The Basilica of Saint John the Evangelist

The Mother Church of Stamford • 279 Atlantic Street, Stamford, Connecticut 06901 • Phone: (203) 324-1553 • Fax: (203) 359-2660 • Email:

"Alas, my dear brethren, we are poor stuff, and we should count very little upon our good resolutions!" – St. John Vianney

When We Are Left To Ourselves

By Ricky McRoskey

New Year’s resolutions often come across as cute. We know the ritual: At the end of every year, in the paper’s “Lifestyle” section, tucked between articles on books and interior decorating, there’s a charming Top 10 list on how to work out more or smoke less in 2018. Usually, there are some tongue-in-cheek quotes from personal trainers or self-help authors.

It makes it easy to forget that, at its heart, the New Year’s resolution is not just something endearing or useful. If you peel it back, you find evidence in it of something far more profound: a prayer.

The first and most important thing to know about resolutions is that they speak to something greater than themselves. That we want to make a resolution at all is an acknowledgment of two things: 1) there is such a thing as goodness, and 2) we’re not perfectly good.

As trite as that sounds, it’s worth reflecting on. If I want to become a better version of myself, it means there’s some standard, some ideal, of what is good. There is such a thing as Goodness.

The second thing to know about resolutions is that they reflect what matters to us. If we looked at the vast majority of resolutions out there, we might come to conclude that Goodness consists of being kind, fit, organized, and healthy. Nothing wrong with those things. But if the only resolutions we make have to do with our blood pressure or punctuality, it tells us that these are our standard, our benchmark of goodness.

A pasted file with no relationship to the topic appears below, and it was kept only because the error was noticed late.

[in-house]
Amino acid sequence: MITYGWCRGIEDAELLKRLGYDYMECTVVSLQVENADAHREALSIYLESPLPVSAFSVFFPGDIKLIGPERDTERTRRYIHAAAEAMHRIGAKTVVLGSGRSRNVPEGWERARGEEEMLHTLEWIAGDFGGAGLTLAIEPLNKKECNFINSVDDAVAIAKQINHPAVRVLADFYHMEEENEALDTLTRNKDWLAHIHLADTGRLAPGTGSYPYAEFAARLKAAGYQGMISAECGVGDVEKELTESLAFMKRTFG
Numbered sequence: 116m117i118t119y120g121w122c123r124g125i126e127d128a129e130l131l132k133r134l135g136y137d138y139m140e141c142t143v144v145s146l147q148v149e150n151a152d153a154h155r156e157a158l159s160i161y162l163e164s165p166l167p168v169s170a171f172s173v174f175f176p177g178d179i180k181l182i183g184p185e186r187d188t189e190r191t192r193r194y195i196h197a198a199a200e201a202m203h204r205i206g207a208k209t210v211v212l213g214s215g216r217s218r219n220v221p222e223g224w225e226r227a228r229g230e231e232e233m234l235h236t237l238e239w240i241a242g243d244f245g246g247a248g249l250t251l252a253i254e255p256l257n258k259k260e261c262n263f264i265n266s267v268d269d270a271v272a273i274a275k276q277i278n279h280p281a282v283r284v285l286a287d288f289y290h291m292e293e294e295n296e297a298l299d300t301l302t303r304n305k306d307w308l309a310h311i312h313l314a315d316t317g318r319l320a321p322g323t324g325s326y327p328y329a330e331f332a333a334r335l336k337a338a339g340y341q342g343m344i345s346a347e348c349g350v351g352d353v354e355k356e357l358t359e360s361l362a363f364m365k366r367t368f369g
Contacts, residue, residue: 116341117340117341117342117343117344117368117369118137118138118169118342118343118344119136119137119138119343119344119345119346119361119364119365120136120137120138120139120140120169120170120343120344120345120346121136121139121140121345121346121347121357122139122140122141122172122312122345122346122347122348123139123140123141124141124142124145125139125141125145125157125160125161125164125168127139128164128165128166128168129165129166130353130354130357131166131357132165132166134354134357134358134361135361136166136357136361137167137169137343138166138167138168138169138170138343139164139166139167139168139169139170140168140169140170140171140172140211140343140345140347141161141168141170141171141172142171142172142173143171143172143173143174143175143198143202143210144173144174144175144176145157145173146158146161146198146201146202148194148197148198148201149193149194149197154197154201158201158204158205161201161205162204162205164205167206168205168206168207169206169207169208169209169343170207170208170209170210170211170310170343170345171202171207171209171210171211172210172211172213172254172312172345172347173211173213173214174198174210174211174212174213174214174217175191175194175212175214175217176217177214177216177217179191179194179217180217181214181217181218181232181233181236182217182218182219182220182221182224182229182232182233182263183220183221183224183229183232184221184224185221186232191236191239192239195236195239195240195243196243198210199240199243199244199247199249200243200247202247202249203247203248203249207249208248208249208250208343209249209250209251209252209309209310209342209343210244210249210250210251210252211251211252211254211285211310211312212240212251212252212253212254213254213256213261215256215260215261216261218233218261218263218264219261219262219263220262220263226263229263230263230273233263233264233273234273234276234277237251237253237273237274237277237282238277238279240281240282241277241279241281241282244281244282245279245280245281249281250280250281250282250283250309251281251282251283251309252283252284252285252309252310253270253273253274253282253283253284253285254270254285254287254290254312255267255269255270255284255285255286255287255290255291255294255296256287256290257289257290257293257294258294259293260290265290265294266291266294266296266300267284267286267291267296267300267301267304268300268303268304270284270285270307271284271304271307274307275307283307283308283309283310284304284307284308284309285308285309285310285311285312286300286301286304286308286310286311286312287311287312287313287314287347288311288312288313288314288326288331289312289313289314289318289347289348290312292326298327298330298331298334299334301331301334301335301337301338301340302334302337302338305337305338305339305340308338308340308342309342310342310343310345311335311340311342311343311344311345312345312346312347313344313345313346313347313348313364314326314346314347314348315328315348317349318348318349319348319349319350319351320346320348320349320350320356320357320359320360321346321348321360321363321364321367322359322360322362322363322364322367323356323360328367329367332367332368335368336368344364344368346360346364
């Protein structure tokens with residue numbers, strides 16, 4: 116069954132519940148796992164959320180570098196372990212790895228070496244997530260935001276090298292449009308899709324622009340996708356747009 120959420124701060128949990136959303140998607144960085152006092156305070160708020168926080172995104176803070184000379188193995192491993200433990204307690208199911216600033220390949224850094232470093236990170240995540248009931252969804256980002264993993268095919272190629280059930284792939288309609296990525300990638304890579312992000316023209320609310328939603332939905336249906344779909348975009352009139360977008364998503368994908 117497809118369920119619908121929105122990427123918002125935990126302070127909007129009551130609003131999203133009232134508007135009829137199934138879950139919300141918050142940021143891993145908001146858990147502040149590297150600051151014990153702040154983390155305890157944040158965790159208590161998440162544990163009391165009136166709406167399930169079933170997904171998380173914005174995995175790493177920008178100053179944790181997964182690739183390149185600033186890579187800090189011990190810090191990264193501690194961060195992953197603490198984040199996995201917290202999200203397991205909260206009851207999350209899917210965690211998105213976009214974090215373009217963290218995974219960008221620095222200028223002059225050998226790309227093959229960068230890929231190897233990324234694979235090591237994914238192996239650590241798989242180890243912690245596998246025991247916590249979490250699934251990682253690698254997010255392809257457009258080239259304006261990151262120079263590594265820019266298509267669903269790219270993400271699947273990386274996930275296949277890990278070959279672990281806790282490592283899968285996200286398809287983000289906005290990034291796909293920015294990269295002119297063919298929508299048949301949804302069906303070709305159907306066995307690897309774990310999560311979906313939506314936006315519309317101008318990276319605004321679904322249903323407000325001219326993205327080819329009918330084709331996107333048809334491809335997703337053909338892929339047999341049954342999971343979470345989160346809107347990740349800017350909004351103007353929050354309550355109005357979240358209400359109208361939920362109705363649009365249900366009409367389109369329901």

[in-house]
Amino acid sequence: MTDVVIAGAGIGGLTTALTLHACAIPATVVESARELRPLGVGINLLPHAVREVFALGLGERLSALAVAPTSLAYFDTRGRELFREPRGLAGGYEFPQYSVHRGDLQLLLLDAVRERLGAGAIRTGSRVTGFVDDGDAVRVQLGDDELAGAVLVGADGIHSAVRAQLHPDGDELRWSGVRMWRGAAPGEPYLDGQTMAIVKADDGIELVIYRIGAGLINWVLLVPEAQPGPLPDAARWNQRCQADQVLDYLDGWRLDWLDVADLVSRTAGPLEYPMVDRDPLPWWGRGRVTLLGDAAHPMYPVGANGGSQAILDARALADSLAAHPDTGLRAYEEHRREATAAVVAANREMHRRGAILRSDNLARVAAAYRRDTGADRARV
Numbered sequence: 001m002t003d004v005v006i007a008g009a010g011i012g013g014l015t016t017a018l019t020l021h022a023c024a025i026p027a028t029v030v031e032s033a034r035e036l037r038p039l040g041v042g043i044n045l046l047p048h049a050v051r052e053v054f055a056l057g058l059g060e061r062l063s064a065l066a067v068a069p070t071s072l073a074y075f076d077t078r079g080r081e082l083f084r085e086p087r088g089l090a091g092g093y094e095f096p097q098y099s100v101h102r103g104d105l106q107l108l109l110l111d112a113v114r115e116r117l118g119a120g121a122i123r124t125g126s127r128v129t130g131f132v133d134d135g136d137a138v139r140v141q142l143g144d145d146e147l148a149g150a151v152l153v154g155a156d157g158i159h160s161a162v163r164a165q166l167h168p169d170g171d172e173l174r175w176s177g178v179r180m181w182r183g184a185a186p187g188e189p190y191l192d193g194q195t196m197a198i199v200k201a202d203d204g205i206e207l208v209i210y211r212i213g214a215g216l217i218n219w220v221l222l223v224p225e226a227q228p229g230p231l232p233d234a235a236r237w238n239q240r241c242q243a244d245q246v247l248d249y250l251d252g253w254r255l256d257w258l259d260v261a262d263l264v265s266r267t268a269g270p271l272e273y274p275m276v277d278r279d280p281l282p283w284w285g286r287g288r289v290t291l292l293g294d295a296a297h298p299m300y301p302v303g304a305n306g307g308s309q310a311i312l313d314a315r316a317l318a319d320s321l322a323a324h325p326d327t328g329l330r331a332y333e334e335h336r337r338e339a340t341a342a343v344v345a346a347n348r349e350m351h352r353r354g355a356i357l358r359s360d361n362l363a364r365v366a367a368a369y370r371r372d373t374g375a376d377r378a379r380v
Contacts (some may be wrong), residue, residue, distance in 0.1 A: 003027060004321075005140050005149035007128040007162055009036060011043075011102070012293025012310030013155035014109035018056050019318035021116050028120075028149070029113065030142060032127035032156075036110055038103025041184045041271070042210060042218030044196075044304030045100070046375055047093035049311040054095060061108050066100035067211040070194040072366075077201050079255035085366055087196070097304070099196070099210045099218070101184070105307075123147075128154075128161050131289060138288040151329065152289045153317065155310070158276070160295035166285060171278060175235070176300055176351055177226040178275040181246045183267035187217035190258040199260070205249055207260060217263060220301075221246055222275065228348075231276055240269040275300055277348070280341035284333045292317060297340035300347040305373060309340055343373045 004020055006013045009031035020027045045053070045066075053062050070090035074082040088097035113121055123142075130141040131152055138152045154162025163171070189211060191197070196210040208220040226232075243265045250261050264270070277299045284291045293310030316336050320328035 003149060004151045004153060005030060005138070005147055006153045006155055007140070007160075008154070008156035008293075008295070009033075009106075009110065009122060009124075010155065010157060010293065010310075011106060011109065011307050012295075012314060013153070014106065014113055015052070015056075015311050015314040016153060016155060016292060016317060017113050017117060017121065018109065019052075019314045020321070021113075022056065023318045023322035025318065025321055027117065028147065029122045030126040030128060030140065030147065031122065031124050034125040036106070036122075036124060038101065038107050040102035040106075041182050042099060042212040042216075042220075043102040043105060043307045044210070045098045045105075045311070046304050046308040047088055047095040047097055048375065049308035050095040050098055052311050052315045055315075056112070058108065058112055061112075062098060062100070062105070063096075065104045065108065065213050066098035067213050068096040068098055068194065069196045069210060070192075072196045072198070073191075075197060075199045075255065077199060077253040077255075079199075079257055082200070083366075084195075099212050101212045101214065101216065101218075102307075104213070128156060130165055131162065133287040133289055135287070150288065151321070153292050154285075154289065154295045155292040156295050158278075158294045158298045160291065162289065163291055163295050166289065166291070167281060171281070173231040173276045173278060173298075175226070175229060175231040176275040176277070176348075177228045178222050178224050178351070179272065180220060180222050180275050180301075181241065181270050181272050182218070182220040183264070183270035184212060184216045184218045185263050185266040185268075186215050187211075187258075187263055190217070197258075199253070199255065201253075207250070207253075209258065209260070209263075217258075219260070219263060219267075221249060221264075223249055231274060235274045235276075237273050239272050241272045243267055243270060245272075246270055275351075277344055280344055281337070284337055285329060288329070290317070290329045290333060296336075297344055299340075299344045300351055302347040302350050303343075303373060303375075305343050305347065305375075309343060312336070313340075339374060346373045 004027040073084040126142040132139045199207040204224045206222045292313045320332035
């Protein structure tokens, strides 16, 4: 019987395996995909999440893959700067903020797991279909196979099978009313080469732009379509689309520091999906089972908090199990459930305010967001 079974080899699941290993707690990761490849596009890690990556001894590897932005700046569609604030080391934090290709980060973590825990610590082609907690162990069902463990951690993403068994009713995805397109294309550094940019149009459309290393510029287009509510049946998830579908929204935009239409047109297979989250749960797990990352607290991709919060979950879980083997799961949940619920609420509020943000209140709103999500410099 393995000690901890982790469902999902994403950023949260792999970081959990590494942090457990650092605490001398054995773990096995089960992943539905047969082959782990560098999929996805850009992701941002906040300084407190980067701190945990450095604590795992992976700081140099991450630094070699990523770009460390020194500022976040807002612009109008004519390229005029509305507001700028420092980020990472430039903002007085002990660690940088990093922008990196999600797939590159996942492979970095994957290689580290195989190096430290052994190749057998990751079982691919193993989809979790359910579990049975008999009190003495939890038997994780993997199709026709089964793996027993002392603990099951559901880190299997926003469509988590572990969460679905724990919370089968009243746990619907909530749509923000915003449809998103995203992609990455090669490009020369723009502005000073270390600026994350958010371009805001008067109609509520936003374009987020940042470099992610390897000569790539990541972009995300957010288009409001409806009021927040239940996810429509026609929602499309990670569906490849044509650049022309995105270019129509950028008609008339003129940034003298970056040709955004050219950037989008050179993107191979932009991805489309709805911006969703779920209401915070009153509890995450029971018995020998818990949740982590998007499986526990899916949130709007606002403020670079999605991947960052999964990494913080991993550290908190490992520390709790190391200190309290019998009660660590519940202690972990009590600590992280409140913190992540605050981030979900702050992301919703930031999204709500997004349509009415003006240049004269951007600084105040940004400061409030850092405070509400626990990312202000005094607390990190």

If, on the other hand, we view goodness as something bigger, harder, and wilder – like being humble, chaste, or selfless – then our resolutions should reflect that bigger view of reality. We don’t just want to learn a new language; we want to hold our tongue when gossip is easy. We don’t just want to eat more vegetables; we want to do more to feed the hungry. We don’t just want to read more books; we want to read The Book more.

Put another way, if God matters to us, He will make it into our New Year’s resolutions. If He doesn’t, it’s because we’re looking to another standard of goodness.

The third thing to know about resolutions is that, even if they aspire to something morally good (“I want to be more forgiving of my spouse”), they are worthless if they don’t come pre-packed with humility. St. Bernard of Clairvaux was once asked to name the four Cardinal Virtues, to which he replied, “Humility, humility, humility, and humility.” In other words, it’s the foundation of all other virtues.

If we can’t acknowledge how dependent we are on God – how hopeless, lazy, and weak we are without Him – then we fail to grasp the single most important principle of life: He’s God, and we are not. If we accomplish any good thing – we stop smoking, we donate blood, we fast on Fridays – it is only because God has given us that ability. All success, all goodness, all ingenuity is entirely His; we are the agents.

So as we set our resolutions, the starting point is to beg God for the strength to accomplish it. If we accomplish it, the next step is to recognize that God was entirely behind it. And if we fail in our New Year’s resolutions, we would do well to smile, shrug, look to the heavens above, and say with resignation what St. John Vianney once did: “Dear Lord, what we are capable of when we are left to ourselves!”

Ricky McRoskey is a parishioner of the Basilica of St. John the Evangelist in Stamford.

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